Most women who are diagnosed with breast cancer go on to develop symptoms of post-traumatic stress disorder (PTSD), a new study has found.
PTSD is an anxiety disorder that can occur after experiencing an intensely stressful event in which grave physical harm occurred or was threatened. It has been well documented in relation to military conflict, but it can also occur as a result of other scenarios, such as road traffic accidents, a violent assault or a serious illness.
Common symptoms include sudden outbursts of anger, feelings of detachment, emotional numbness and nightmares.
German researchers studied 166 women who had been newly diagnosed with breast cancer. Over the next year, the women were assessed for PTSD at three specific points in time. These results were compared with a control group of women who had not been diagnosed with cancer.
The study found that between the time of the diagnosis and the beginning of treatment, 82% of the participants were found to be displaying symptoms of PTSD.
While just 2% of the participants were still diagnosed with the disorder one year after discovering they had breast cancer, almost 60% continued to display one or more symptoms at this point.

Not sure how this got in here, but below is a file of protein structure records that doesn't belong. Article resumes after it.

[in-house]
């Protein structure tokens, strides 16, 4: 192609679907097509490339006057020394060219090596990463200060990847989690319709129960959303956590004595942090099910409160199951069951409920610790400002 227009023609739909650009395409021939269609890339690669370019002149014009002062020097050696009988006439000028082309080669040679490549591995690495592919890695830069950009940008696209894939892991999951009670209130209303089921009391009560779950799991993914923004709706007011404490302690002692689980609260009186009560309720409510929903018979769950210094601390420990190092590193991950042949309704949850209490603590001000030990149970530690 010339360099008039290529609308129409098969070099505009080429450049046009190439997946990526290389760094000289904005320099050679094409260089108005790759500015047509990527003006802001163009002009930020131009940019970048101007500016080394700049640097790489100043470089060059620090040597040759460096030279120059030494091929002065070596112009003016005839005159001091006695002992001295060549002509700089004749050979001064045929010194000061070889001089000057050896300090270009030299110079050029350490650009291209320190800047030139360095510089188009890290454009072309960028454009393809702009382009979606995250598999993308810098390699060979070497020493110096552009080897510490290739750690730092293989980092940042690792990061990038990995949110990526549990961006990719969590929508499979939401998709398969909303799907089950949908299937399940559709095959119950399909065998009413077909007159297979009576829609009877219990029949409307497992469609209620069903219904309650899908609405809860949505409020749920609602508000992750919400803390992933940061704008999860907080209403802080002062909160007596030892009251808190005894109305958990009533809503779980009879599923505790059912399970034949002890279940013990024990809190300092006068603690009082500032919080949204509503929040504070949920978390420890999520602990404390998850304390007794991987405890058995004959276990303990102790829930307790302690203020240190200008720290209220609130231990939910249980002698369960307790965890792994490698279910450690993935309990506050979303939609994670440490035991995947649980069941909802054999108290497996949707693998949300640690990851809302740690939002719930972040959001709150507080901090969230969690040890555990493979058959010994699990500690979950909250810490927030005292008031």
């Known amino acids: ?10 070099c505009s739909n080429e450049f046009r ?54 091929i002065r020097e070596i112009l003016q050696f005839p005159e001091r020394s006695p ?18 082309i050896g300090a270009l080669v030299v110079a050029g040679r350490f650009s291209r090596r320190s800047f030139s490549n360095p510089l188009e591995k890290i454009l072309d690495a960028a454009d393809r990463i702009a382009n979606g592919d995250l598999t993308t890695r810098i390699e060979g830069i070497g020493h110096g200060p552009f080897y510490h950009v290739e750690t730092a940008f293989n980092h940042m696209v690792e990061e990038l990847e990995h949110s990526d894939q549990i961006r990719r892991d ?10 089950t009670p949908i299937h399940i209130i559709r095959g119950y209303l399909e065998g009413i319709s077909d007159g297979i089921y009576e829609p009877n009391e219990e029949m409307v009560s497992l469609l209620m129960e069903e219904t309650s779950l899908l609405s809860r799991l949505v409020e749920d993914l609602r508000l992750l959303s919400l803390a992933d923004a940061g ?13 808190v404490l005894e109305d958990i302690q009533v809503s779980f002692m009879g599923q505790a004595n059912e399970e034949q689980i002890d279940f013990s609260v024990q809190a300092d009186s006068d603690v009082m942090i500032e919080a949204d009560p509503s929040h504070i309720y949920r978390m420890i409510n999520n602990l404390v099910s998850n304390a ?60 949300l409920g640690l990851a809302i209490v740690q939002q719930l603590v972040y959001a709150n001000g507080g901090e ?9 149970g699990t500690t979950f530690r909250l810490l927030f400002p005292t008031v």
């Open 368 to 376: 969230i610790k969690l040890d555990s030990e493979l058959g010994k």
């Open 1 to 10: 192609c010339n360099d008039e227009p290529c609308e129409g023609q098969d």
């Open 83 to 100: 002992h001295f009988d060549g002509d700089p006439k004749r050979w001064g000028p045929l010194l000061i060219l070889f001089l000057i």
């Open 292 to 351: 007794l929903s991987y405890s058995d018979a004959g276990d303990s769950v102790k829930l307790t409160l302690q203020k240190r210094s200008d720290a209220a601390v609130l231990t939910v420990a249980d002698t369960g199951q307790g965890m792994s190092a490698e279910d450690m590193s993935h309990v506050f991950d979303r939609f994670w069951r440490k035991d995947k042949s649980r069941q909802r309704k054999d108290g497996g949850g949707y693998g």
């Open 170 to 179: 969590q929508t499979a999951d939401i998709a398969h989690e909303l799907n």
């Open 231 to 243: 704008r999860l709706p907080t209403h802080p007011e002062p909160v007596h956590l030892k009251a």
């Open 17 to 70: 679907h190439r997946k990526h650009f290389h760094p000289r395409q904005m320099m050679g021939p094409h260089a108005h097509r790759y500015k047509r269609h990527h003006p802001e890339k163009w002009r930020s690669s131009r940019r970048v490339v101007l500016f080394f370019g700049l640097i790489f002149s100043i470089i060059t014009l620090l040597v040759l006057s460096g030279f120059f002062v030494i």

"That the high level of stress should persist for such a long time is particularly striking," commented lead researcher, Dr Kerstin Hermelink, of Ludwig-Maximilians-Universitaet in Munich.
She also noted that where participants had previously experienced a traumatic event, such as a violent assault or serious accident, 40% said that having breast cancer was more traumatic.
"Doctors should be made aware of the fact that the majority of breast cancer patients develop symptoms of post-traumatic stress subsequent to diagnosis, and need to receive the appropriate support," Dr Hermelink added.
Details of these findings are published in the journal, Psycho-Oncology.
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